IntroductionGenerally, counter trade is considered to be one of the oldest forms of attaining goods. One of the elements of counter trade is that one does need to use money to pay for part or whole of goods or services. Counter trade can be divided into eight segments which are more defined in nature. Some of the classifications of counter trade are: barter trade, buyback, clearing arrangement, counter purchase, switch trade, offsets, tolling, and compensation. The paper looks at the risks of counter trade and their implications on trade as a whole (Trent, 2007).
Most people are under the assumption that the exchange of goods and services for alternative goods are not used in present day. However, counter trade is an ideal option used by governments to avoid using currency which has a number of inconveniences attached to the process. When a government needs to purchase a good or service for a fee, they are inclined to make an agreement with their peer government in order to get a convenient and affordable method of buying and selling goods. This form of exchange has in place advantages that enhance the growth of economies without the use of money which in most cases may require the use of loans (Butler, 2012).
One of the advantages with the use of counter trade is that one may attain goods that they do not produce in their country by exchanging goods and services that they have in plenty. In the process, each country does not experience much strain when trading with their partners. Another advantage that people who use countertrade as a method of trade get is that they are able to attain their goods at considerable discounted prices. This is because most of the goods are produced by companies in plenty for the exchange of goods that is scarce. As such, goods are processed for export with the aim of reducing the rate of liquidation in international trade while enhancing trade and development (Trent, 2007).
Risks of Counter Trade
Despite the various advantages that traders may get from the use of counter trade, there are a number of risks that are associated with the means of exchange. One of the factors to consider before the analysis is the convenience of the process to the trader, suppliers, and buyer with regard to the type of business operated. Apart from the government, most traders have adopted the use of this form of trade as their main option to reduce the use of money when exporting and importing goods. Companies that partake in counter trade experience many challenges with the trade owing to the complexities of the process. In turn, one has to have a clear understanding of the goods and services that they are trading before they venture into the business (Trent, 2007).
One of the risks involved in counter trade is that companies may be exposed to handling goods that they ideally are not familiar with. In this situation, a buyer may be compromised to accept goods that they do not have the market to supply. For example, one company may manufacture goods such as medical equipment and medical products while another company may manufacture goods used in the IT industry like computers and smart phones. In the case than one does not receive goods that they are accustomed to, they are likely to get a significant loss. Therefore, traders have to be well informed of the negative repercussions associated with the exchange (Butler, 2012).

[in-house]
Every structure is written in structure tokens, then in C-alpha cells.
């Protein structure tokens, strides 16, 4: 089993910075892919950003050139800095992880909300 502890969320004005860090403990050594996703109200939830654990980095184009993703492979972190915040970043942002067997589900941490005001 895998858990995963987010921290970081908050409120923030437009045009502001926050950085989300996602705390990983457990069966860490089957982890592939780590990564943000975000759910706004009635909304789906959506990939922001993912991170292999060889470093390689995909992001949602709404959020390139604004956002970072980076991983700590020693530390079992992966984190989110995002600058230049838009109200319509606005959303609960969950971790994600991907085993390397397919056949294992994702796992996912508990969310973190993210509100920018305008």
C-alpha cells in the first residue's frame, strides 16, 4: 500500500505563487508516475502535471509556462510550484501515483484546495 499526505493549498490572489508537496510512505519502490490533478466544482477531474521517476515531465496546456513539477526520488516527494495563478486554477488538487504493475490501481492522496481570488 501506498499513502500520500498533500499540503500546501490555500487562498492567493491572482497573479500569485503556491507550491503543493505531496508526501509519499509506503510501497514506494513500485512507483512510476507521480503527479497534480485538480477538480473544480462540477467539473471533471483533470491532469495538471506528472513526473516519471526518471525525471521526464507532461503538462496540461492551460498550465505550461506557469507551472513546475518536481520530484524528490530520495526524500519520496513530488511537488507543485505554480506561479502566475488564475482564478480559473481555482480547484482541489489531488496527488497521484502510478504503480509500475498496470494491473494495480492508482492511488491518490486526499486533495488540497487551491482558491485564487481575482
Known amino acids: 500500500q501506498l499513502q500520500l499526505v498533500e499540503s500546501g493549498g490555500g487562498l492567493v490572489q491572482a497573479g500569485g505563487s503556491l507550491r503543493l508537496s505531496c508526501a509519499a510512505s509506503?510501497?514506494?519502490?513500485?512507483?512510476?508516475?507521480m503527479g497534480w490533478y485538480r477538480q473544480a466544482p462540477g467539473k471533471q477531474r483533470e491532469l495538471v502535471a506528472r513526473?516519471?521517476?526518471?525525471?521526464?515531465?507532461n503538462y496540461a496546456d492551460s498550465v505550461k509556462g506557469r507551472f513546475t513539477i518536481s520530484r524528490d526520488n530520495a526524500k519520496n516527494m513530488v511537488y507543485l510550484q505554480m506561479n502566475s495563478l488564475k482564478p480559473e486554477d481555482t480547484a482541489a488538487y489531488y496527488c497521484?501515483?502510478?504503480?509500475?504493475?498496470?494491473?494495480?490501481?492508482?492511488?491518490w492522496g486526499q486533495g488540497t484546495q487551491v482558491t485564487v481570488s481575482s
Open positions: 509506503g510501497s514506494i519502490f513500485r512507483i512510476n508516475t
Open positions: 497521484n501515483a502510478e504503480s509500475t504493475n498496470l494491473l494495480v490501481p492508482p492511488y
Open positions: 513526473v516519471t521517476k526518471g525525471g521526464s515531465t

Another risk in counter trade is that companies may invest in products and services which need extra care to manage. In the process, goods may be damaged in the exportation procedure due to unprofessional packing, transporting, and storage. Companies that succumb to this issue may have challenges getting their investment back. This is attributed to the lack of legal accountability especially when more than two countries are involved. Sometimes, traders may take more than one year pursuing a case which may limit their ability to invest in alternative products. For example, if a trader takes on a product title to cover goods that are damaged during a shipment; they are liable in the event that any of the goods are damaged. Hence, one has to be prepared for any circumstance through the acquisition of insurance, proper trade methods, and partners (Trent, 2007).
Lastly, counter trade is divided into various forms of trade which all have distinguishing factors. In turn, one has to be careful on the type of trade they intend to do. Failure to do so can result in the performance of the wrong activity. This can result in a miscommunication between involved parties especially during the initial stages of their trade (Butler, 2012).
To summarize, despite the disadvantages that come with the use of counter trade, a large percentage of the transactions done during this trade are successful. As a result, companies need to perform extensive research on the matter at hand before they invest in the concept.
- Butler, K. C. (2012). Multinational finance: Evaluating opportunities, costs, and risks of operations. Hoboken, NJ: Wiley.
- Trent, R. J. (2007). Strategic supply management: Creating the next source of competitive advantage. Ft. Lauderdale, FL: J. Ross Pub.